by Barry Kent MacKay,
Senior Program Associate
Born Free USA's Canadian Representative
Barry is an artist, both with words and with paint. He has been associated with our organization for nearly three decades and is our go-to guy for any wildlife question. He knows his animals — especially birds — and the issues that affect them. His blogs will give you just the tip of his wildlife-knowledge iceberg, so be sure to stay and delve deeper into his Canadian Project articles. If you like wildlife and reading, Barry's your man. (And we're happy to have him as part of our team, too!)
Why Ontario Is a Poacher's Haven
At 415,000 square miles, Ontario is smaller than Quebec (at 595,000 square miles) and Alaska (at 586,000 square miles) in size, and yet has nearly twice the number of people as the other two combined. It's still not crowded, at least not once you leave the population centers huddled along the northern edge of the Great Lakes that form Ontario's southern border.
Still, it is served with a network of roads that make it relatively easy to get around the southern third, weather permitting, and it does border on the United States, which is the largest market for, well, most things.
And yet, all those forests and lakes and thickets make it still a haven for black bears, lots of black bears, although exactly how many is simply a matter of guesswork. So is the size of the North American population, roughly estimated to be between 600,000 and 900,000. But it means that at least one in 10 and possibly one in six black bears is found in Ontario.
That would have included the four dead black bears found recently on a well-travelled highway (I have driven it myself, many times) — Highway 403, near Plains Road. Gall bladders and most paws were missing and at least two of the rotting animals had been shot.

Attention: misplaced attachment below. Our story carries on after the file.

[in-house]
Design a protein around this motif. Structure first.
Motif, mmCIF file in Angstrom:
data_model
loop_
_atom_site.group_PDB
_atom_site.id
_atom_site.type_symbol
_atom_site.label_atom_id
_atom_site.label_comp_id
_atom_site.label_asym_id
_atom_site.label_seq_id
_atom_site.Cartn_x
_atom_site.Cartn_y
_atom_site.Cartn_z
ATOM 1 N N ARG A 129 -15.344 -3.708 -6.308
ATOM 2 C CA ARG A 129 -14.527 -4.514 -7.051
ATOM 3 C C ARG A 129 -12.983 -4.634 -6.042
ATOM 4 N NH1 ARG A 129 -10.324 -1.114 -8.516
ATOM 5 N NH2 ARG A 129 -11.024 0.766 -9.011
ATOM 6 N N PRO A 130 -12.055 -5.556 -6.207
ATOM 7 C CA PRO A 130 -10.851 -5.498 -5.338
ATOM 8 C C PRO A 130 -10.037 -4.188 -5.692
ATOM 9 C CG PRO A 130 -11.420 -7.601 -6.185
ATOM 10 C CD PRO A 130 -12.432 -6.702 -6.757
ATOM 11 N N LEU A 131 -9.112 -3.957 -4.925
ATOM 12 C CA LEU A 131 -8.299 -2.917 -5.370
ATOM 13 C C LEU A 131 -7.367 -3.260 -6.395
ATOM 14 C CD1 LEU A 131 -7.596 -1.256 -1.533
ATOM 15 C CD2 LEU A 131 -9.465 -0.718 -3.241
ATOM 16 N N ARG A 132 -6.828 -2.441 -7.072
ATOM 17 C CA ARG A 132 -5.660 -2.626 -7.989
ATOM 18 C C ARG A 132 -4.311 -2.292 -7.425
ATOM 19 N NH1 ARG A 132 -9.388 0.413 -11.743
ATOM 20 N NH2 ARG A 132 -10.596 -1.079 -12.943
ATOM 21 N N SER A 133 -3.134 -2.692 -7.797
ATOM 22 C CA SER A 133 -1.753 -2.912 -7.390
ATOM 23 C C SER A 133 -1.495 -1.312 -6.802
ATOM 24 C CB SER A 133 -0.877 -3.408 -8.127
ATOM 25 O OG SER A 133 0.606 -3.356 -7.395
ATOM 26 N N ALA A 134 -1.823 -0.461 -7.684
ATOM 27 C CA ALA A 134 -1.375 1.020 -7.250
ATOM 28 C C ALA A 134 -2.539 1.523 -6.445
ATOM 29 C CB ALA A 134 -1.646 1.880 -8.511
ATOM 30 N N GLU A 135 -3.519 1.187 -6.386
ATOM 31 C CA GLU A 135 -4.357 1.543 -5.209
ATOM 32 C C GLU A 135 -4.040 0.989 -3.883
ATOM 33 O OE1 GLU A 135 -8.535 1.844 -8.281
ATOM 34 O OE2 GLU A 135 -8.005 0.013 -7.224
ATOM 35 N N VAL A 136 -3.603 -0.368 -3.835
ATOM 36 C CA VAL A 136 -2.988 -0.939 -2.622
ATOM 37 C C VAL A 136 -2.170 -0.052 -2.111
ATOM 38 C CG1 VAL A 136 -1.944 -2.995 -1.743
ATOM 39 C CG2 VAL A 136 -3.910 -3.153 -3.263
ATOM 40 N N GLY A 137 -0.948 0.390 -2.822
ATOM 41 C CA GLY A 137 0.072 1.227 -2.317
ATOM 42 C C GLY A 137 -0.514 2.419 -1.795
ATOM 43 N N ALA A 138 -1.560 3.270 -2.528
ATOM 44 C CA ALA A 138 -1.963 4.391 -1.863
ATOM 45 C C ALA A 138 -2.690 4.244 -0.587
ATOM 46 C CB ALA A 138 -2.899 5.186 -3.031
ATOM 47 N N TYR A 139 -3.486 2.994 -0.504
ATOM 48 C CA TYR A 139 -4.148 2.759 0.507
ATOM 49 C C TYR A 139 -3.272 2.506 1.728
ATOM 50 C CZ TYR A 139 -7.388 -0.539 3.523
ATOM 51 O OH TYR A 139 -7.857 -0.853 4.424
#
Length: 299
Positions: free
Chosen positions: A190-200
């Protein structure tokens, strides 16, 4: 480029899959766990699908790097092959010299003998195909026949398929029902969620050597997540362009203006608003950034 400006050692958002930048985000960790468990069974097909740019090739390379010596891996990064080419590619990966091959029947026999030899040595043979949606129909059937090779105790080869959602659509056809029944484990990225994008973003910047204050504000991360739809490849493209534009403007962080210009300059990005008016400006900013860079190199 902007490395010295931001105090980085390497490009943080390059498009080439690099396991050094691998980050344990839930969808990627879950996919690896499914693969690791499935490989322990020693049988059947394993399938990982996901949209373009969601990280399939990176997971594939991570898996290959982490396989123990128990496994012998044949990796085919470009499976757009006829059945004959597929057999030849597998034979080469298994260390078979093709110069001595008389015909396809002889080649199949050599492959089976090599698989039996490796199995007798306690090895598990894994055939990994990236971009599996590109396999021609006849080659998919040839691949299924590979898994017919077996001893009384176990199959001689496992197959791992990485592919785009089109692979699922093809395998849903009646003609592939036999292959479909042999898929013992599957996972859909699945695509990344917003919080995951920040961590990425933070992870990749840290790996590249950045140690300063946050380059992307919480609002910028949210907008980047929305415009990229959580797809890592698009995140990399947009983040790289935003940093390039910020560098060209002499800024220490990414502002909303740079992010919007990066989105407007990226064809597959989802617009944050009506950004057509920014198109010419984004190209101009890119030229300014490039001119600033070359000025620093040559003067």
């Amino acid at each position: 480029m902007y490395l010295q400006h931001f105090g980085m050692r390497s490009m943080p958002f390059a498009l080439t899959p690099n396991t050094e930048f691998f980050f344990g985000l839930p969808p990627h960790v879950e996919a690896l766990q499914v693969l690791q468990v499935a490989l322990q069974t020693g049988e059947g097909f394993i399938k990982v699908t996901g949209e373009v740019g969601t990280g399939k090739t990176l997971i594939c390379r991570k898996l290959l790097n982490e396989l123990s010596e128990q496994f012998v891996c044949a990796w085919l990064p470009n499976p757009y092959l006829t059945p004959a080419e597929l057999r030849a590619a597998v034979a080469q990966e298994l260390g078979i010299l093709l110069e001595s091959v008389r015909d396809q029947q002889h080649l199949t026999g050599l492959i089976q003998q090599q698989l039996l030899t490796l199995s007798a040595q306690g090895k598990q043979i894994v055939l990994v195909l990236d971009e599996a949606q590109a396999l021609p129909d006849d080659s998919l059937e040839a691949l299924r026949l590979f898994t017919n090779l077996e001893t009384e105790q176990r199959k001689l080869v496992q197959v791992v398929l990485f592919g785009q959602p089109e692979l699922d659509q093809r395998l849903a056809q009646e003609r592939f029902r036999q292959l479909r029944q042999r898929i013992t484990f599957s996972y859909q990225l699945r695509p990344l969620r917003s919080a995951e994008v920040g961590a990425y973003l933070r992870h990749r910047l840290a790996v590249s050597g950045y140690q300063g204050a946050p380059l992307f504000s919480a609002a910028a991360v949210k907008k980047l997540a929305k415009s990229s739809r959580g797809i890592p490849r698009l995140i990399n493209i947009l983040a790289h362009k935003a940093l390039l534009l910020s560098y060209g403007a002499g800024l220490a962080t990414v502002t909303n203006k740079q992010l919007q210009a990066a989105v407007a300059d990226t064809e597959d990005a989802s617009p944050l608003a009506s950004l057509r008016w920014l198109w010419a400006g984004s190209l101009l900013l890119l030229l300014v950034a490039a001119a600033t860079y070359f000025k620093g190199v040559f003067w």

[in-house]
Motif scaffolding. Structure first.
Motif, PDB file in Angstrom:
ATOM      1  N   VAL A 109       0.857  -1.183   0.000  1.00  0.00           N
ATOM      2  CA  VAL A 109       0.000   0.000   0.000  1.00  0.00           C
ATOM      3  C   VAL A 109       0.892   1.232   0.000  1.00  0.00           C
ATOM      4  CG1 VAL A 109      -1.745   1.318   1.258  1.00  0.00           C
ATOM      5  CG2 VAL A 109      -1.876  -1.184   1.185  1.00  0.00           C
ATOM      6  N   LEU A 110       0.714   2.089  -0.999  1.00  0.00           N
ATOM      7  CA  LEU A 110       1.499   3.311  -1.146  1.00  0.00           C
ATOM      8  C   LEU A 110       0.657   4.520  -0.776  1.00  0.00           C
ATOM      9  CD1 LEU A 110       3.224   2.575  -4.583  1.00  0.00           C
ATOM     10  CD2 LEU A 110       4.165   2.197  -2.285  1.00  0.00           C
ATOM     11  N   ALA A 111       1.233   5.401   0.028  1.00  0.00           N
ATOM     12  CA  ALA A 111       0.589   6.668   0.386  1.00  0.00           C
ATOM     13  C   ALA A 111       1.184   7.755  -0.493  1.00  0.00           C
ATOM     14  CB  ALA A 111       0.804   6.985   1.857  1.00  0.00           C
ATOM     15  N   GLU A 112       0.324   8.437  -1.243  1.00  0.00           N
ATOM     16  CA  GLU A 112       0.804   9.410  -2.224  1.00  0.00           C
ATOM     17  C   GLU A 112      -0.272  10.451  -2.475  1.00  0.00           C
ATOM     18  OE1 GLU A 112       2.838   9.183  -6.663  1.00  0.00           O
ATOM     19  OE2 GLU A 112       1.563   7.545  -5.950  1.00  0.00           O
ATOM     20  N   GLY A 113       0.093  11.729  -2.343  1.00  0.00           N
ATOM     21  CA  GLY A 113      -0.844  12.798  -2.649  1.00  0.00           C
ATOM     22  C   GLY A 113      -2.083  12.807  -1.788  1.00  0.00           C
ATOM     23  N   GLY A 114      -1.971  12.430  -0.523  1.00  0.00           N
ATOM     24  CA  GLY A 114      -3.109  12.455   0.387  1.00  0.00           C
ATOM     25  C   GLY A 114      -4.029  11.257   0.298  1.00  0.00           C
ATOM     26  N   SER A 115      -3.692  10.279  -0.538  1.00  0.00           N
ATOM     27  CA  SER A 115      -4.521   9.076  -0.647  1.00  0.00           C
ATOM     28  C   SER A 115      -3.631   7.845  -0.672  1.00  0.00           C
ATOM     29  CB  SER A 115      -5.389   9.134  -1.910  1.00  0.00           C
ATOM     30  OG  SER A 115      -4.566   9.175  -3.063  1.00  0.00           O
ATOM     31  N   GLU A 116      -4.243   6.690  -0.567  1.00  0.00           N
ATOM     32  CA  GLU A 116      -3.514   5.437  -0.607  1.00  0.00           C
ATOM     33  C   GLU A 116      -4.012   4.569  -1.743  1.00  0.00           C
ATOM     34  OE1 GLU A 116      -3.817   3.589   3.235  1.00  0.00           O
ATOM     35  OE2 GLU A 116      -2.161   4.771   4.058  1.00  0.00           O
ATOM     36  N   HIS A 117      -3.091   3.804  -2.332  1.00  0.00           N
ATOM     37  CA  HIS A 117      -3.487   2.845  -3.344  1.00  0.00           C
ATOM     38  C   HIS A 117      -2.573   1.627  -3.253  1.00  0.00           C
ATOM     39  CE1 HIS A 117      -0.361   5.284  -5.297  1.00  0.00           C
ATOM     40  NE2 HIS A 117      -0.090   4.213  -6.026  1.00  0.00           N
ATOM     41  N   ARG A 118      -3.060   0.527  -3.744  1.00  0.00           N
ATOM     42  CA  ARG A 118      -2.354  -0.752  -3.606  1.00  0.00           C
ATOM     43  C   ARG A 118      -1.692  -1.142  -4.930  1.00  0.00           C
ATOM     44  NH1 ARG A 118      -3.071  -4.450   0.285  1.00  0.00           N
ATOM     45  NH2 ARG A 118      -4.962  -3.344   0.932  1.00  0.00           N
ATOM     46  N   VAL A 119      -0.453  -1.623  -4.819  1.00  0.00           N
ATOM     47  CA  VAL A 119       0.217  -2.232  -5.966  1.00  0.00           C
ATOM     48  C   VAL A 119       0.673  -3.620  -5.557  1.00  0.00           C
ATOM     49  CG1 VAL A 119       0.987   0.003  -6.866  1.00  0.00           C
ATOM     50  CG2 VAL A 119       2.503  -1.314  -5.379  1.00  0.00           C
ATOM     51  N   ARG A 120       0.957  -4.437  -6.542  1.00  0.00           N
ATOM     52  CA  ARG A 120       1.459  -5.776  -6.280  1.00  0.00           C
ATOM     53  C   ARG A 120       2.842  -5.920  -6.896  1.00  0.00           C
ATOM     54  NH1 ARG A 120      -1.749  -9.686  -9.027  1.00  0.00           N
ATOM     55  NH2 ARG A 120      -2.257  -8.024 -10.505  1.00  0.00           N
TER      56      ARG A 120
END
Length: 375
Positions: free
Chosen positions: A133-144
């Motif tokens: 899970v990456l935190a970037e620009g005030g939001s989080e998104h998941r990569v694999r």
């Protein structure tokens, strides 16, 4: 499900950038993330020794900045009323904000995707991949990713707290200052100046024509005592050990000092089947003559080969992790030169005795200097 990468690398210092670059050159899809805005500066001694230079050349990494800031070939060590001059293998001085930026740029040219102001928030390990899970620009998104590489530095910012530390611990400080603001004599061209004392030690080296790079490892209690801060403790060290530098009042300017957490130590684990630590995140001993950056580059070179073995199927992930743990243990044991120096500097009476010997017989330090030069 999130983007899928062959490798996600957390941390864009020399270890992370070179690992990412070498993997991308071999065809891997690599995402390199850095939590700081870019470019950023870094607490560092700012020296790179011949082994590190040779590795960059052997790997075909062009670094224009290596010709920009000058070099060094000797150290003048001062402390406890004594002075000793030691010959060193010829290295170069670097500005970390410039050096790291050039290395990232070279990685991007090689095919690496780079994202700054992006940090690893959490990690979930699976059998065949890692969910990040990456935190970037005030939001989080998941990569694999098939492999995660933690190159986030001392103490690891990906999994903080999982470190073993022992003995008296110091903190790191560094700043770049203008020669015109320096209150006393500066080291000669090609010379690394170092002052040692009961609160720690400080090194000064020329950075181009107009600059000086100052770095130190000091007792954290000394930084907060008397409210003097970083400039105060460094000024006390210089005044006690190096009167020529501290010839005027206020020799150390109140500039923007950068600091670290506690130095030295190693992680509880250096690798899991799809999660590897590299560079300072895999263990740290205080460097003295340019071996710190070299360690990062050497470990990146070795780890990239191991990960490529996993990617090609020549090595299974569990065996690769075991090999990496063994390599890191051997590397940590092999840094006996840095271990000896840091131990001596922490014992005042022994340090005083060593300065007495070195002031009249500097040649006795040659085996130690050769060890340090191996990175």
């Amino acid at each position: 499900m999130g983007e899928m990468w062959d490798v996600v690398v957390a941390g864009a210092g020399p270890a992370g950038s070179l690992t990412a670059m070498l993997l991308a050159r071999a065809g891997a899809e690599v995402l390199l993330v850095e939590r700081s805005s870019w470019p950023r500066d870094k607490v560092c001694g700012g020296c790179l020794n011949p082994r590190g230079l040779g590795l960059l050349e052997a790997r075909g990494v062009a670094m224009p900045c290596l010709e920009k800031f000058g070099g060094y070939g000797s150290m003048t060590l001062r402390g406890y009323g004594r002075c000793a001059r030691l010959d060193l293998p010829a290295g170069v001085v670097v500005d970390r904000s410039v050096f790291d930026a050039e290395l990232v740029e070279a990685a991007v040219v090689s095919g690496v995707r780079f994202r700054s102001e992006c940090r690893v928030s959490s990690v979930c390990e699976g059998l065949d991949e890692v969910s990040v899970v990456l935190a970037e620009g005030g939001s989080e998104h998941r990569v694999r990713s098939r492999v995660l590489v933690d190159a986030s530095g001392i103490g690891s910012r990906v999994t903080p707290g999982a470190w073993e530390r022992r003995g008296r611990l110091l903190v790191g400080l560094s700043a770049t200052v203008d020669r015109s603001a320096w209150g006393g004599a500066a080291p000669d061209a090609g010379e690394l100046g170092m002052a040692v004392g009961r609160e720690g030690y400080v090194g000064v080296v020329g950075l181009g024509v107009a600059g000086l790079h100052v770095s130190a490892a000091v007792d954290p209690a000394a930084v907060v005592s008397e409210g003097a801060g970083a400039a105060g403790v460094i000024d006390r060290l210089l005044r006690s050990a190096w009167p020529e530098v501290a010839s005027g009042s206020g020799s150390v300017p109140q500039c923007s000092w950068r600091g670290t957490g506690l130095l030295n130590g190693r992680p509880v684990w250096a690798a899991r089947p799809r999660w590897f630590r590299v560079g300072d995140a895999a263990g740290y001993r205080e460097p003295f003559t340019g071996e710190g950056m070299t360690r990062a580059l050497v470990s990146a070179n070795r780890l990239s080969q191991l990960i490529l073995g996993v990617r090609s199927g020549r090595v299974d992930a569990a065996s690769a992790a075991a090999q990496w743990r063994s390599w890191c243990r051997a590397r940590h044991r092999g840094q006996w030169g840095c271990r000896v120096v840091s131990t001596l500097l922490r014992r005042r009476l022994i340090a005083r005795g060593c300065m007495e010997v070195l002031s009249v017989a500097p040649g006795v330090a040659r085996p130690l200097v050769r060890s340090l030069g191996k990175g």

There are no bears normally living in that region, although a nearby illegal dump could attract the odd one, so we can assume the animals were shot up north, their most valuable parts removed, the bladders to be sold from $2,000 to $10,000 each, probably to be retailed in powdered form. The paws, used either for medicinal purposes, or special cuisine, would have a value of hundreds of dollars.
And here is what makes it easy. Ontario (and Quebec) are next door to New York state, where it is legal to sell bear galls. We fought hard to get the law changed, pointing out that any legal trade caused a threat to bears elsewhere, but Ontario bears don't vote in New York state. Selling these products is illegal in Ontario, but that hardly matters. I mean, who is going to know?
The fact is that there have been enormous cutbacks to enforcement in the Ontario Ministry of Natural Resources, which administers wildlife law. The most recent cut to the MNR is $50 million, with a subsequent reduction in bear technicians as well as enforcement officers. Were I a bear poacher I'd simply buy up a few thousand cheap acres of land, build a blind near a clearing, weekly fill the clearing with sweet donuts, and then shoot myself some bears. There is almost no chance of getting caught; if you can get the bear galls and paws to New York state, yes, there's a market, but no need to even cross the border.
There is a large Asian-derived population in Ontario, and while most are law-abiding Canadians with no taste for so-called “traditional Chineses medicine,” it does not take many, mostly old-timers, to create the necessary market to fuel the poaching that is mostly hidden from view, except when four rotting bear carcasses show up on the doorstep of us urbanites.